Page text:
I’m not sure what any of this has to do with Bob James, but it saves me writing about those horrible photos of him inside the record’s gatefold cover.

Hit: Hypnotique

Hidden Gem: The Steamin’ Feeling

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Rocks In The Attic #579: Bob James & Earl Klugh – ‘One On One’ (1979)

RITA#579Whenever I see a Bob James record, I buy it. It’s one of my record store rules. Of course, I’m always chasing a better Bob James record than Touchdown, and I think I’ll always be chasing it as I’m not sure such a thing exists.

This record, which arrived in stores between James’ sixth (Touchdown) and seventh solo record (Lucky Seven), finds him collaborating with jazz guitarist Earl Klugh. It makes for a great combination as the two players compliment each other well. As with most of Bob James’ work, every song sounds like the theme-song for a late-‘70s / early-‘80s television show which you’ve never heard. Obviously that analogy doesn’t work for Touchdown’s Angela, the theme-song from Taxi, as that one you would have heard, but you get the point.

One of my favourite things about this record is the cover. I really wish designers would get a little more experimental in these sorts of things. Usually record covers are a photo of the band, or a pretty picture, but I really dig it when they’re designed to look like other things. The allure of the everyday. This matchbook design is great, and spoiled really only by the lettering of the artist and title (and on my copy, a big logo stating that it’s a half-speed mastered, audiophile pressing).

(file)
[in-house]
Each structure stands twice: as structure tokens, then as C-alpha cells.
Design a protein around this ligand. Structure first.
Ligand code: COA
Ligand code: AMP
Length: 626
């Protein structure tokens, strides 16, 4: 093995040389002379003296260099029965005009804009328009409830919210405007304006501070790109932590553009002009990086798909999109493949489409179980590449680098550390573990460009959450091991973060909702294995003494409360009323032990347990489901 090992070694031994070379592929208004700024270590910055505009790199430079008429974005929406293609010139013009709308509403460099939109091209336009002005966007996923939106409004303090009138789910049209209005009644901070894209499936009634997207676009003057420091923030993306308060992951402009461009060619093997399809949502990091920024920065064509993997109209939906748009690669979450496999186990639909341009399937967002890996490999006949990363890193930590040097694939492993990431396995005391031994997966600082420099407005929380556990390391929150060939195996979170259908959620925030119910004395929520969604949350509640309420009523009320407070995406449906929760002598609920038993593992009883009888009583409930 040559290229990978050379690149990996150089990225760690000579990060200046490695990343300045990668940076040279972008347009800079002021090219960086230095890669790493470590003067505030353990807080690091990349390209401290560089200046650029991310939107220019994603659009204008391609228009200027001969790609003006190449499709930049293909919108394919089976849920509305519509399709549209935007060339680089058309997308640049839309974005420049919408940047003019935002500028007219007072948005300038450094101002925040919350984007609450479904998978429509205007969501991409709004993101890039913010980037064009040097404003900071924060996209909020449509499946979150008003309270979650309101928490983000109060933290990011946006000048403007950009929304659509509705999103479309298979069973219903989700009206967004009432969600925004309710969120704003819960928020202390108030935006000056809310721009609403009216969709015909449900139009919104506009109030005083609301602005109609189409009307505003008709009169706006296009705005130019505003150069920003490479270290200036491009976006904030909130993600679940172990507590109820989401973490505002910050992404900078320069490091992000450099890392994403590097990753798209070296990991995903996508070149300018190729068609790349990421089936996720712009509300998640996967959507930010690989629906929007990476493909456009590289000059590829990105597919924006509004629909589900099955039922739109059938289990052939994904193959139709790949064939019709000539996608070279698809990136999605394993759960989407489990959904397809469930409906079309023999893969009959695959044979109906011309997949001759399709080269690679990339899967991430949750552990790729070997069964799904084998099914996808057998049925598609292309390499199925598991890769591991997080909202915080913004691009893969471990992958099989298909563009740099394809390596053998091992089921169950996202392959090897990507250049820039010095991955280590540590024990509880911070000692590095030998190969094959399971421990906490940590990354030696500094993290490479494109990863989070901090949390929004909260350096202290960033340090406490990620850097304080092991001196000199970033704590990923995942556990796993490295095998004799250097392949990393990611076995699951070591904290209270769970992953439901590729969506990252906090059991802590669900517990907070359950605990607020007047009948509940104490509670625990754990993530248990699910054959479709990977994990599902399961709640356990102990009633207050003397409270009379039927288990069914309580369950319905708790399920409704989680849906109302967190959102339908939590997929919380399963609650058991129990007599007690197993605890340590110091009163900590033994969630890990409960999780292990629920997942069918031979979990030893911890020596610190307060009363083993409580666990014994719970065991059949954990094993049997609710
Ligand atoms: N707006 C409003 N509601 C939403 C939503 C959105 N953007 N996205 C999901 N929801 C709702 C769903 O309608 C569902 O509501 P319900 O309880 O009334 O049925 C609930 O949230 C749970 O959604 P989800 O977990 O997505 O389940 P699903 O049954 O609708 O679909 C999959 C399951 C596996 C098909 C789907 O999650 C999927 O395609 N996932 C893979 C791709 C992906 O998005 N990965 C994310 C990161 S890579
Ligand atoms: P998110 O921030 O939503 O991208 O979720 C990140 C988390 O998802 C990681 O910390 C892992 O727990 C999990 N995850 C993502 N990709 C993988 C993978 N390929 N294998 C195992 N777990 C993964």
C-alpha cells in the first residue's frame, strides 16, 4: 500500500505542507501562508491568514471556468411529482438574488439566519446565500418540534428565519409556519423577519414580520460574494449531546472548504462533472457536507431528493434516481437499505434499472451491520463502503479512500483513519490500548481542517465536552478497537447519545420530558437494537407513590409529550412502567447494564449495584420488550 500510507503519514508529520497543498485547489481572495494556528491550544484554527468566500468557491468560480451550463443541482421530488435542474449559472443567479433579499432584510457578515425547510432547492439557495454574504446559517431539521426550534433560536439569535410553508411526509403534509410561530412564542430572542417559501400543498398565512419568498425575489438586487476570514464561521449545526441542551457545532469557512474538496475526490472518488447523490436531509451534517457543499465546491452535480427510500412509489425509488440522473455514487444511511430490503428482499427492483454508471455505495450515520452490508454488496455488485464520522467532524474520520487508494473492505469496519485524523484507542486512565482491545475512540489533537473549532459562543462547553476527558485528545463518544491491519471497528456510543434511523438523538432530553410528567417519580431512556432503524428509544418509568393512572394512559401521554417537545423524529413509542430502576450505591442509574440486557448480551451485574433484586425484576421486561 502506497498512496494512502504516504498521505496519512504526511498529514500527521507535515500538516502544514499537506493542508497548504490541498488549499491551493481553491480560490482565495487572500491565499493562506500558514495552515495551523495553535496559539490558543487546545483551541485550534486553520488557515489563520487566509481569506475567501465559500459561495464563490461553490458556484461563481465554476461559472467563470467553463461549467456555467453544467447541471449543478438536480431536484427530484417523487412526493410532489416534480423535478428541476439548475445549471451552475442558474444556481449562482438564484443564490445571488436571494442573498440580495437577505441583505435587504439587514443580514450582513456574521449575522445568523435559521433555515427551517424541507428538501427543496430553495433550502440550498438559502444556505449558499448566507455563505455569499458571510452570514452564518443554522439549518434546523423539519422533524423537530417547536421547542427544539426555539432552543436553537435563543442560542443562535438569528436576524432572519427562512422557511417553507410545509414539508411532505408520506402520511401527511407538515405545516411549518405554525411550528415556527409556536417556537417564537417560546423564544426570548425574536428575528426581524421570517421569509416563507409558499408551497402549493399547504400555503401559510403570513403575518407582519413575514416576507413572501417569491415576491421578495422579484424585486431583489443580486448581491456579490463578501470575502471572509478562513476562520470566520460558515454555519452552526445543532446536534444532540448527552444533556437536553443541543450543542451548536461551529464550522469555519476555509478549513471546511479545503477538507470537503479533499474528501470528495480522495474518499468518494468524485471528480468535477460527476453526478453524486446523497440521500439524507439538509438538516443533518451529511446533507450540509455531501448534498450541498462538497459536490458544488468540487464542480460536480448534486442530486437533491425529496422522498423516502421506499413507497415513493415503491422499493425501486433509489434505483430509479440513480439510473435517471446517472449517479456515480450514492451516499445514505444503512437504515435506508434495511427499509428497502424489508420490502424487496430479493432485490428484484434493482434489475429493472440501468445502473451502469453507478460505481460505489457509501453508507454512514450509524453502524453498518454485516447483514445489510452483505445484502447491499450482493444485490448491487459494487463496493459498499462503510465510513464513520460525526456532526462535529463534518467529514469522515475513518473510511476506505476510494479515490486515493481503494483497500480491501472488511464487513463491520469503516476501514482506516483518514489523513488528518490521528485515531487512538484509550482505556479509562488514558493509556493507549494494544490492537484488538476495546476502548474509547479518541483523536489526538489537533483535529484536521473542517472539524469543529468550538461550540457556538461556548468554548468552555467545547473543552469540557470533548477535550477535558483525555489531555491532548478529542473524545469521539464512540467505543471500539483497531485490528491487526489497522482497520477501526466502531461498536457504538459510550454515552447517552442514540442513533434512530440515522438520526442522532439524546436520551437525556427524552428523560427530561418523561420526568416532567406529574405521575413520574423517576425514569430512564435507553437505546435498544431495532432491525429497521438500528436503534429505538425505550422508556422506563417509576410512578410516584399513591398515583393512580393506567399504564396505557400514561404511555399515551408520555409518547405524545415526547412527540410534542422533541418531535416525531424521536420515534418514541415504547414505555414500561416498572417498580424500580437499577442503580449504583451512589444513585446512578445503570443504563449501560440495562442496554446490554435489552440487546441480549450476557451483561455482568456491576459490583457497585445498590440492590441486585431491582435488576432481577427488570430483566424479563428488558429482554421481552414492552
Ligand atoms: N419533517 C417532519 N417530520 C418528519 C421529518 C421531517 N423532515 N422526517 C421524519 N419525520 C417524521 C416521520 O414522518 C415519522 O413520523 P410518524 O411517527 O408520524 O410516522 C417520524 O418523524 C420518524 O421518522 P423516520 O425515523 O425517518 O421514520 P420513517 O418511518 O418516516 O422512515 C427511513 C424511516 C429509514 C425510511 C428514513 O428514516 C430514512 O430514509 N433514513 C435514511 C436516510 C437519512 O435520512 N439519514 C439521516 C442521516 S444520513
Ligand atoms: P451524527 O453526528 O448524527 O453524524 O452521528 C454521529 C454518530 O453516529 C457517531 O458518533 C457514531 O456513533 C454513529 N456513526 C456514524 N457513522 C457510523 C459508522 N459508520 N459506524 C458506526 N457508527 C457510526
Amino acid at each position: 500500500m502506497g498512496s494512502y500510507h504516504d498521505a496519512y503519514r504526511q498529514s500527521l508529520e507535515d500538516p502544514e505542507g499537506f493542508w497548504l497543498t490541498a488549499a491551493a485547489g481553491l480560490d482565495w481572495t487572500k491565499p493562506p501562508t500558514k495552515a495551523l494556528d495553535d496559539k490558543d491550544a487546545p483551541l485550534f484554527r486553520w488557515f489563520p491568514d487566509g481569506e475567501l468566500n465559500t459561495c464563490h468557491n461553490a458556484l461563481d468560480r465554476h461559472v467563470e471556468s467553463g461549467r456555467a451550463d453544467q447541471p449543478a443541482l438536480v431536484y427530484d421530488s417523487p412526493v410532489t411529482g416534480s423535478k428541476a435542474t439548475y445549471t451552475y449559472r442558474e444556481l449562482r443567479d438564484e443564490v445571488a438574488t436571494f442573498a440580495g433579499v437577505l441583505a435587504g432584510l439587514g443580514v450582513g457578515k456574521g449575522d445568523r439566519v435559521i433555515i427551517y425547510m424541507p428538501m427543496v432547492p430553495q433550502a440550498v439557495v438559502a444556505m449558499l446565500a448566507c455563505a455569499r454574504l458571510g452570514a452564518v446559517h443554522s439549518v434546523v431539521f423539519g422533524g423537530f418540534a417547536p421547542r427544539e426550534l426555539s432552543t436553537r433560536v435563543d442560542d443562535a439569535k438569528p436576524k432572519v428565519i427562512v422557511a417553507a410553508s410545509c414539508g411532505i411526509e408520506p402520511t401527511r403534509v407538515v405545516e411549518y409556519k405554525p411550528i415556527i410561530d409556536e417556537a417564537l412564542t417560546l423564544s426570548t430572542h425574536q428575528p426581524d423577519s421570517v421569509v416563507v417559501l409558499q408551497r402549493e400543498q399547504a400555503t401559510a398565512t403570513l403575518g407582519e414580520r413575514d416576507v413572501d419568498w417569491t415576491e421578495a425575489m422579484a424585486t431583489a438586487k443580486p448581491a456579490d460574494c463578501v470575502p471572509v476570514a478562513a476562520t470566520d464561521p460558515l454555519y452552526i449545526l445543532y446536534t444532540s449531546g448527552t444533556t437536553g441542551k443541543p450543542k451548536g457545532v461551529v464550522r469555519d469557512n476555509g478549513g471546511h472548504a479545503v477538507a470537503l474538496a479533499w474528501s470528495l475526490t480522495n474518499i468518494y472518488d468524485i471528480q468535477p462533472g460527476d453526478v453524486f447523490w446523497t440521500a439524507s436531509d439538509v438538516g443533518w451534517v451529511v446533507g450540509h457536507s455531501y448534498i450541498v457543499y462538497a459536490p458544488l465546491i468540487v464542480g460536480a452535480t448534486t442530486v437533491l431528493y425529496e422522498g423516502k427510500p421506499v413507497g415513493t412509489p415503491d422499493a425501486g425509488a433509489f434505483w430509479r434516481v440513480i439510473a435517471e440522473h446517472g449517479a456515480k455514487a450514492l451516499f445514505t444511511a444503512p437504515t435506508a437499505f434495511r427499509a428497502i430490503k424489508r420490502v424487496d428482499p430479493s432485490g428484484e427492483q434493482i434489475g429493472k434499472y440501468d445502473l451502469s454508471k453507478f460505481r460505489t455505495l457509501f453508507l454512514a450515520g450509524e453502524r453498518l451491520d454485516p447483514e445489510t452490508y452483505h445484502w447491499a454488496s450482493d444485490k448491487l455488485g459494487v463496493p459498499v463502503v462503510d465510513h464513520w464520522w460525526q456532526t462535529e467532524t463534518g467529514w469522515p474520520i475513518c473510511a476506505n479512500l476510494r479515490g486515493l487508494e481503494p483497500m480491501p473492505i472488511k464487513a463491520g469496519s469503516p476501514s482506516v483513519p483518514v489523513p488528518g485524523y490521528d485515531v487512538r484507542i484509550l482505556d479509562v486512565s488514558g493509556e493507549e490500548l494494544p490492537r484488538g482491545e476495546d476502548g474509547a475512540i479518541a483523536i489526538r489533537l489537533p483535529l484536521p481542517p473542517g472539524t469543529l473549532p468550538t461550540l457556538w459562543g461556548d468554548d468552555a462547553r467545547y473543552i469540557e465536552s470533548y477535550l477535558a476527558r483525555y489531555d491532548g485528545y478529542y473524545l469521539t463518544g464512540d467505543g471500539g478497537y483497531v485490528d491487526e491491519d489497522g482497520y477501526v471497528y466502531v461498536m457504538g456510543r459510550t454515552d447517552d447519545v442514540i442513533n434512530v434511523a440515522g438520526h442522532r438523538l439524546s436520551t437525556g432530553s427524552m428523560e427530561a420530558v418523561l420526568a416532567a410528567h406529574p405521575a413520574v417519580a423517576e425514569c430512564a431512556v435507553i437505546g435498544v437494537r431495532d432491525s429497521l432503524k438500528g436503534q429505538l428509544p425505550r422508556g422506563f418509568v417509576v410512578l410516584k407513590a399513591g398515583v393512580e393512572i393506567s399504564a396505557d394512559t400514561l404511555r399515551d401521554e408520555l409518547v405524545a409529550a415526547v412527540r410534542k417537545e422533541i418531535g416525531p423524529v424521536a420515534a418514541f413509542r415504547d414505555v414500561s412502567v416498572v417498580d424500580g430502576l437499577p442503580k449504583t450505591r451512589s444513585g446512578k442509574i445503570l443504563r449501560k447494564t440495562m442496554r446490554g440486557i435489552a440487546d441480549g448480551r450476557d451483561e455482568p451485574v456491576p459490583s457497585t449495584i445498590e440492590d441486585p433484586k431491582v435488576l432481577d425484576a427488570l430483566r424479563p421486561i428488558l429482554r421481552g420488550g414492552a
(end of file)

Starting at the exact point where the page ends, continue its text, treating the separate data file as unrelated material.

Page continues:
Hit: Kari

Hidden Gem: The Afterglow

Rocks In The Attic #313: Bob James – ‘Touchdown’ (1978)

RITA#313Smooth jazz! I bought this from the second-hand bookshop on Devonport’s pier. I’d actually seen it a few weeks earlier, but I went back and got it for $4 – a great price for a great album.

You have to watch yourself in that bookshop though. The shop is in two parts, one on each side of the main concourse through the pier. There’s an assistant behind a counter, but only in one of the stores – the other is unmanned. When I bought this record, I was in the unmanned side of the store, flicking though the vinyl crates and a lady walks in and says to me “I’d like to ask you about a book…”.  According to the other browser that was in there at the time, this happens quite regularly.

I owned up immediately and pointed her across the way to the owner of the shop, but maybe I should have tried to give her some literary advice. Next time, maybe.

I like how Bob James numbers his records – this is album number six so it’s called Touchdown because in American Football, a touchdown is worth six points. The previous album Heads features a nickel on the cover (being worth five cents) but the cleverness ended with the next album simply called Lucky Number Seven.

I used a snippet of Angela for the closing credits of the video I made around the birth of my first beautiful daughter. It’s always been one of my favourite TV themes, and the rest of the album is up to that standard. It may sound like porn music, but it’s still entrancing in an instrumental Steely Dan sort of way.

Hit: Angela (Theme From Taxi)

Hidden Gem: Touchdown